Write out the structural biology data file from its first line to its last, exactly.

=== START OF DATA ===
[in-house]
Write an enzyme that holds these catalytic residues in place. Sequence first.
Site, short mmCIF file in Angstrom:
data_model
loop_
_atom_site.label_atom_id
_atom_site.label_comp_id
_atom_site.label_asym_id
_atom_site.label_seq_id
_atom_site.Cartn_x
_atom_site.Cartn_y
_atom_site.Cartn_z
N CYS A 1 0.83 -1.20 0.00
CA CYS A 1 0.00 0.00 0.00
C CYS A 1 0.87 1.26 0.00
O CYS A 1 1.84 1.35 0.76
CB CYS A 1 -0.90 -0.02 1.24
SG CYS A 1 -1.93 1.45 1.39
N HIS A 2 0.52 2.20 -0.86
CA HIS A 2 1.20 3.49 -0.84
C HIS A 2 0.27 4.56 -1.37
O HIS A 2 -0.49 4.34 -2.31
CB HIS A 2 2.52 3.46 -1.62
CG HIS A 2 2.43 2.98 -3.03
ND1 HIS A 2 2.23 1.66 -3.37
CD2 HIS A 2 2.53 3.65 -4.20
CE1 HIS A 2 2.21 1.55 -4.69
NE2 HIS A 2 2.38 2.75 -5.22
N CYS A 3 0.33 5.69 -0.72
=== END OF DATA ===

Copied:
[in-house]
Write an enzyme that holds these catalytic residues in place. Sequence first.
Site, short mmCIF file in Angstrom:
data_model
loop_
_atom_site.label_atom_id
_atom_site.label_comp_id
_atom_site.label_asym_id
_atom_site.label_seq_id
_atom_site.Cartn_x
_atom_site.Cartn_y
_atom_site.Cartn_z
N CYS A 1 0.83 -1.20 0.00
CA CYS A 1 0.00 0.00 0.00
C CYS A 1 0.87 1.26 0.00
O CYS A 1 1.84 1.35 0.76
CB CYS A 1 -0.90 -0.02 1.24
SG CYS A 1 -1.93 1.45 1.39
N HIS A 2 0.52 2.20 -0.86
CA HIS A 2 1.20 3.49 -0.84
C HIS A 2 0.27 4.56 -1.37
O HIS A 2 -0.49 4.34 -2.31
CB HIS A 2 2.52 3.46 -1.62
CG HIS A 2 2.43 2.98 -3.03
ND1 HIS A 2 2.23 1.66 -3.37
CD2 HIS A 2 2.53 3.65 -4.20
CE1 HIS A 2 2.21 1.55 -4.69
NE2 HIS A 2 2.38 2.75 -5.22
N CYS A 3 0.33 5.69 -0.72